The magic in Tim Burton's movies lies in the way he sculpts movies exactly the way he envisions them. The result is deep dark Gothic undertones in his movies portraying grim reality often with childhood themes in conflict with the adult world. His movies have earned themselves a cult status and much critical acclaim. We have put together a list of some of his best movies (in no particular order) which you should not miss.

1. Beetlejuice (1988)

Beetlejuice has the trademark style of Burton inverting themes of childhood and mixing them with the darkness which comes with the adult world. He combines the Gothic with ordinary, everyday suburban domesticity in America and brings in supernatural interaction with the physical world. Beetlejuice is a movie in which a couple cope with afterlife in death which has a bureaucratic construct and a new family invade their home but nobody can see them except their daughter Lydia. Mayhem follows as the dead couple hire a freelance bio-exorcist ghost to scare away the family.

Source: basementrejects

2. Batman (1989)

Batman turned out to be a huge earner, garnering $400 million worldwide and consolidating Tim Burton's position as a wacky but profitable director. He clashed with the movie's producers on various issues including cast; wanting to get Michael Keaton as Batman a normal, more realistic billionaire slash vigilante and the legendary Jack Nicholson as the Joker. As a precursor to the Nolan series, Tim did away with the sunshiney, goodness oozing Superman-like movies and painted the movie in overtones of dark, grim reality.

Source: batmanwikia

3. Edward Scissorhands (1990)

Edward Scissorhands is a movie full of Burton's signature style written all over it and has acquired cult status for its distinctive feel. This is Burton, the auteur at his best, and it is suspected that the movie is an autobiography on his childhood years in Burbank. Johnny Depp was cast in the lead role of an invention which looked human but was left with scissors for hands after the untimely death of his eccentric creator. Complete with Danny Elfman's music of innocence mingling with the grim existence of the adult world, the movie is said to be one of his best works.

Source: hitfix

4. Batman Returns (1992)

Burton returned with a sequel to the enormously successful Batman, keeping the same dark, Gothic tones in place. He had more freedom to implement his vision in the movie and so brought in an array of villains like Danny DeVito (as the Penguin), Michelle Pfeiffer (as Catwoman) and Christopher Walken as Max Shreck to oppose the masked protector. The movie delves more into the psychology of perception by Gotham of their protector and the villains distortion of his image. The movie was considered too dark and overtly sexual.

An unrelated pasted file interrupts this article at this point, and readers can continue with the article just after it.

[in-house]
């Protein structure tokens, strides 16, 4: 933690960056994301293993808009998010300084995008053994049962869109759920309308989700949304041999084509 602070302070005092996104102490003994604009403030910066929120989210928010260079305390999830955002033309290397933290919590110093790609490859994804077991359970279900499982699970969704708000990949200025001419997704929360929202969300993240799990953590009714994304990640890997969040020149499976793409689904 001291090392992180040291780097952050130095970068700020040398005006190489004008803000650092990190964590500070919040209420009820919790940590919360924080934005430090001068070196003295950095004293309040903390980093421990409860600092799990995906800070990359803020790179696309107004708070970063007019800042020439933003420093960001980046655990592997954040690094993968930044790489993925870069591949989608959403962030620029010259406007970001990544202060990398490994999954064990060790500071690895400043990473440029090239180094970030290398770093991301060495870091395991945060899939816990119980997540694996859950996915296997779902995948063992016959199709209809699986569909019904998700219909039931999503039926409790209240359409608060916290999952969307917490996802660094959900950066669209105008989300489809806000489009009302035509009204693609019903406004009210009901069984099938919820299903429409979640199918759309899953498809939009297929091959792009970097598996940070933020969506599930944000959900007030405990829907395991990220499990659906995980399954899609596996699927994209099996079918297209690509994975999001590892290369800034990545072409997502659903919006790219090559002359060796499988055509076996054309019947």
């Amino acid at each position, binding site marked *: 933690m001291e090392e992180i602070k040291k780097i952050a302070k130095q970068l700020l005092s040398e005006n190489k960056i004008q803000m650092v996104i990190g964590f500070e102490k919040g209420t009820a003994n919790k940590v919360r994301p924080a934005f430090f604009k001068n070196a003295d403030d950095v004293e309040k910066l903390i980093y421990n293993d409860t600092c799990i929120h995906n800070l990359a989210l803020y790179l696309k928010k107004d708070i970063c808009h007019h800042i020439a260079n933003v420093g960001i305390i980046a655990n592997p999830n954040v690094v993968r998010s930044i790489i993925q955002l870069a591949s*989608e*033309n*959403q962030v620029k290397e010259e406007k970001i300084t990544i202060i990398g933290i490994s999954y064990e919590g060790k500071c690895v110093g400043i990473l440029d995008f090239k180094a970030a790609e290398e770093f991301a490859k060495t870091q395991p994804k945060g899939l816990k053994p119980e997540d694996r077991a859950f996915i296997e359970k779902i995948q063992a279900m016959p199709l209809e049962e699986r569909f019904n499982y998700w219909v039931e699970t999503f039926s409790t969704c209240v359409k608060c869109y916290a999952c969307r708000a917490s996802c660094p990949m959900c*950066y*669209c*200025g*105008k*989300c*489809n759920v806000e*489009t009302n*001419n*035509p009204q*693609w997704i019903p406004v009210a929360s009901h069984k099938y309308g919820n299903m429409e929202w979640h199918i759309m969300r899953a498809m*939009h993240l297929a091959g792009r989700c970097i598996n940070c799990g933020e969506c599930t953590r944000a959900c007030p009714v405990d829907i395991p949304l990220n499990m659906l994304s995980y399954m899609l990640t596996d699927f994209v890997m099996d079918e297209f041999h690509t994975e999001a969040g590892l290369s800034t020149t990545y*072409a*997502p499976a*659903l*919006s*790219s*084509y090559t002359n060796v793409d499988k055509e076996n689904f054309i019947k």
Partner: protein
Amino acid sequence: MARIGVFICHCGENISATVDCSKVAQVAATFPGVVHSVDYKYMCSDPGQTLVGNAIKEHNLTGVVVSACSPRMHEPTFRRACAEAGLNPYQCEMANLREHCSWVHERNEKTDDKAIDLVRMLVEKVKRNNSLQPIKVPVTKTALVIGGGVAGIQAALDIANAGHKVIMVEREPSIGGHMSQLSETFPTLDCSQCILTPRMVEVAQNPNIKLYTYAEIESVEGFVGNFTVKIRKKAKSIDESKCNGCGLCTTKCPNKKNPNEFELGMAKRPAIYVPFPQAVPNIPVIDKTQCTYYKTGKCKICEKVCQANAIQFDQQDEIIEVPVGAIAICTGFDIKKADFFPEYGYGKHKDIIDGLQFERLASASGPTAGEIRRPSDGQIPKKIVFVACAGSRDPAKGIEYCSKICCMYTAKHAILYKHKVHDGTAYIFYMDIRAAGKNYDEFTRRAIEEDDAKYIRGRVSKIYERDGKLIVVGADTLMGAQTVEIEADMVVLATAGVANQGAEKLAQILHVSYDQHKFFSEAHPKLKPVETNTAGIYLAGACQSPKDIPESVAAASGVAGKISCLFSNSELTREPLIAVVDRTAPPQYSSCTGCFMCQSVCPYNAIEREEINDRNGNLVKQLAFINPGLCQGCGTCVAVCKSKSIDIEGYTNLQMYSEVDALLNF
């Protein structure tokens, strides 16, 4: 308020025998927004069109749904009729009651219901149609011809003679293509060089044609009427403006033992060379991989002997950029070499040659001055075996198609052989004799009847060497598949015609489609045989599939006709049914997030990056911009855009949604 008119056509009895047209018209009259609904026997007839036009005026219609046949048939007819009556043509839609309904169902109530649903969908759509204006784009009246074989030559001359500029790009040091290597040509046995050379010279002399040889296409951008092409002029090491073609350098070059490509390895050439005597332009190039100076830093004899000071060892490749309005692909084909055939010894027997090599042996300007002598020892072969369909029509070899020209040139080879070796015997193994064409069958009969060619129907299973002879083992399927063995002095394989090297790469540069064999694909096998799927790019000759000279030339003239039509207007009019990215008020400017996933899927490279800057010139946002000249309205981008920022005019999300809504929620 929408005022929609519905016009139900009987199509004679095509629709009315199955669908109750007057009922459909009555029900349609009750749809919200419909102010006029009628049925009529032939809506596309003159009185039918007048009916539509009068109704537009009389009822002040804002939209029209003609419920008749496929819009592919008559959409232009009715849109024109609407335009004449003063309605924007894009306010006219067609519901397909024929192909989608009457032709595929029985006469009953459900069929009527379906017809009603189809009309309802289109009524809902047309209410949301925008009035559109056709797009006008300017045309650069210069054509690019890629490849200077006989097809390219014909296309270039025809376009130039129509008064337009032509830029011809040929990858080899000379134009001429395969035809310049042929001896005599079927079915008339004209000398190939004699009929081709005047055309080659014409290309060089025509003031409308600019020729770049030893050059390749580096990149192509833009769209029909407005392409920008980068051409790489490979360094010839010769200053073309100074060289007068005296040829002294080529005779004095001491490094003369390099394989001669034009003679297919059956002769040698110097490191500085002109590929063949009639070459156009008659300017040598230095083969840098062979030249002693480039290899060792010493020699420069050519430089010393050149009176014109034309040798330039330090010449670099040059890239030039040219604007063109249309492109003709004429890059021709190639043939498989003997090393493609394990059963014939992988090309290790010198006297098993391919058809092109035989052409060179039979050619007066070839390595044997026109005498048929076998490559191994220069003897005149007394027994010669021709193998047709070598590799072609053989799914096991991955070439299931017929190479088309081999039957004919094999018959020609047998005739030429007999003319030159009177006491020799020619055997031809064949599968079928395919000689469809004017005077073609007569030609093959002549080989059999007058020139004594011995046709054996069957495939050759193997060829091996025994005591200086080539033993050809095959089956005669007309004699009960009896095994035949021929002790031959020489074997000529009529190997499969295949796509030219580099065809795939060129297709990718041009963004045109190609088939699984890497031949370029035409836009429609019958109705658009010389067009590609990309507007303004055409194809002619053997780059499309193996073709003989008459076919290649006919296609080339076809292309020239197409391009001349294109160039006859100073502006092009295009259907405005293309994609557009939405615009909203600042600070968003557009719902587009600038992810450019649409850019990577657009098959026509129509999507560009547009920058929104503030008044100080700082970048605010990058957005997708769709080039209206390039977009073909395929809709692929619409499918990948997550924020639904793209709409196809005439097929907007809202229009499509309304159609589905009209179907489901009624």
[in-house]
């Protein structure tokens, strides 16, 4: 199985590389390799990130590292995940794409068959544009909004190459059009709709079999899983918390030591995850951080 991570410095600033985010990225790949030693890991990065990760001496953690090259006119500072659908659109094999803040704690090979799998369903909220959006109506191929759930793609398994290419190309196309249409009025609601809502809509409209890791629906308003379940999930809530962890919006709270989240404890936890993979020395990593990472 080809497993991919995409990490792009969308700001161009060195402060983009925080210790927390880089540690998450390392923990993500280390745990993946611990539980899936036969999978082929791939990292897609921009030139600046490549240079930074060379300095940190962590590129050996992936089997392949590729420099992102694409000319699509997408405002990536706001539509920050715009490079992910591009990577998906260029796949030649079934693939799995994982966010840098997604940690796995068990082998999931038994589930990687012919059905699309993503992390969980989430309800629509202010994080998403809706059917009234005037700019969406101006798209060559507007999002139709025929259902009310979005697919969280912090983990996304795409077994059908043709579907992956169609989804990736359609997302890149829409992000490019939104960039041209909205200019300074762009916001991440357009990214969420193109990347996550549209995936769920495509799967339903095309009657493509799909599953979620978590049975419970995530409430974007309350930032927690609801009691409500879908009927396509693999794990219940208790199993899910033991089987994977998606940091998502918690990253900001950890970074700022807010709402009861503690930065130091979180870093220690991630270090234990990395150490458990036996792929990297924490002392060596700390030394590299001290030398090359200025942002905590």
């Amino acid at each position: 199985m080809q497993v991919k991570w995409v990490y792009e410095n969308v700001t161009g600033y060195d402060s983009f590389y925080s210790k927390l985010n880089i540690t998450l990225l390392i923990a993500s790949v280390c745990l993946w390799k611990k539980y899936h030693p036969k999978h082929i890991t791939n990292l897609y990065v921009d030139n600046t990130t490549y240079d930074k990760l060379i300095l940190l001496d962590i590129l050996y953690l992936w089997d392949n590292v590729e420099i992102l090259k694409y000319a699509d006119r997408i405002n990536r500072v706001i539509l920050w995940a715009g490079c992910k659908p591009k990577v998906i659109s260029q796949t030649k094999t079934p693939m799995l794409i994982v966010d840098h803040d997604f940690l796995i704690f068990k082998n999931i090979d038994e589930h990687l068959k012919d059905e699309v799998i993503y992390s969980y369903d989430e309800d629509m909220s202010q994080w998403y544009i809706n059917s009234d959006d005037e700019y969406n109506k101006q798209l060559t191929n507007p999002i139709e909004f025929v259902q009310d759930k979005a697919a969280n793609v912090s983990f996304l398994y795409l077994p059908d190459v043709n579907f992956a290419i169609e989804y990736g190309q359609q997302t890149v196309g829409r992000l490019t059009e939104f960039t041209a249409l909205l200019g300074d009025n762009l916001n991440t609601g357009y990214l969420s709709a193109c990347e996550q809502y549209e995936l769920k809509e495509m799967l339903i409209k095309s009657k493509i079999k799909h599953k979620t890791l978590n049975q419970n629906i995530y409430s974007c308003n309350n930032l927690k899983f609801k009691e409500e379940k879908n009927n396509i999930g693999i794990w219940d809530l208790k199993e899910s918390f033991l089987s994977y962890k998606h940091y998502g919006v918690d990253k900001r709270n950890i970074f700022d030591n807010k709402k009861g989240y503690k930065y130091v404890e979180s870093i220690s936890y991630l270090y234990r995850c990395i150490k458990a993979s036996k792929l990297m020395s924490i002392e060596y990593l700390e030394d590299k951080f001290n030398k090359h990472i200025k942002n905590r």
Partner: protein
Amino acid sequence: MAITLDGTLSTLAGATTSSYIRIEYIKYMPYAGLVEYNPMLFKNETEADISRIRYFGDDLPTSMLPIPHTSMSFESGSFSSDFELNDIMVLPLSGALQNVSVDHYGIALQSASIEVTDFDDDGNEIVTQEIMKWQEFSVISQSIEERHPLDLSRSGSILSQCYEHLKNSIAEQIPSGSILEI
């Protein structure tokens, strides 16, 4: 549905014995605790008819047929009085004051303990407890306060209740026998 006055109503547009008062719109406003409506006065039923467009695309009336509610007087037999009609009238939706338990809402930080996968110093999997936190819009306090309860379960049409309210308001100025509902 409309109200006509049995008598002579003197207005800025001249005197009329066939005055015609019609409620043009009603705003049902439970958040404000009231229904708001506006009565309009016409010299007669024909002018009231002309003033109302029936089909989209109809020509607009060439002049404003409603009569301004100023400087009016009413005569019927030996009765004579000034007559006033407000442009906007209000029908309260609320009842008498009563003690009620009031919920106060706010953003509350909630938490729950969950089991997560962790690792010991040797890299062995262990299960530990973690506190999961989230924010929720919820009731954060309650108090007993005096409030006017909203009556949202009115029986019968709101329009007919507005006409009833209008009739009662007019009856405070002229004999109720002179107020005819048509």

Source: batman

5. The Nightmare Before Christmas (1993)

Tim Burton wrote and produced the movie but could not direct it as he was busy with Batman Returns. Made with stop motion animation and accompanying songs, the dark fantasy was deemed too scary for kids by Disney and was released under the Touchstone Pictures banner. Jack Skellington, from Halloween Town visits Christmas Towns and impressed by the brightness and good cheer, decides to celebrate the festival which leads to funny and ominous consequences.

Source: lunkiandsika

6. Ed Wood(1994)

Tim Burton pours in his fond reminiscence for the B-grade style horror movies in the 1950s with an almost comic protagonist into Ed Wood. The movie is about Ed Wood who was considered as one of the worst directors of all time, but Burton treats his story with sensitivity. The movie unfolds in the same awkward style Ed Wood would have approved of. Again, Johnny Depp was picked to portray the director's character.

Source: filmspectrum

7. Mars Attacks! (1996)

The movie was a bizarre but lovable blend of science fiction and a low grade movie studded with big stars. The movie with its cliched punches and haphazard structure could not garner much favour among the audiences. In this movie you are treated to Jack Nicholson as President and Sarah Jessica Parker's head atop a chihuahua.

Source: wikipedia

8. Sleepy Hollow (1999)

The Sleepy Hollow is a delicious concoction of haunted gloomy forests, Victorian Gothic houses, hazy fogs obscuring a menacing headless horseman, created by Burton's aesthetic vision. He takes the childhood story and moulds it to suit his vision, so Ichabod Crane played by Johnny Depp is an investigator of the headless horseman's crimes, not a schoolteacher.

Source: csfd

9. Charlie and the Chocolate Factory (2005)

Willy Wonka and The Chocolate Factory is a delightful adaptation of Roald Dahl's book on an eccentric but brilliant chocolatier who creates a surreal chocolate empire based on his imagination. Willy Wonka is looking for a successor and finds one in a simple boy with a big imagination but no means. The beautiful story is accompanied by dancing performances by Oompa Loompas and vivid bright imagery. 

Source: scoopnest

10. Pee-wee’s Big Adventure (1985)

Another Burton cult movie, the story again has childhood themes with Paul Reubens as a man child whose bike has been stolen and he must confront the adult world without losing his innocence. An energetic movie with vivid bright colours and none of Burton's usual Goth tones.

Source: nerdoutwithme

11. Sweeney Todd: The Demon Barber of Fleet Street (2007)

Tim Burton undertook the musical adaptation of Stephen Sondheim’s Sweeney Todd and made it theatrical to say the least. Burton tells the story of this homicidal barber with sudden splashes of violence and gore. This movie earned a lot of critical acclaim and awards. 

Source: moviezeal

Burton's use of Gothic imagery serve as metaphors to tell a story on their own.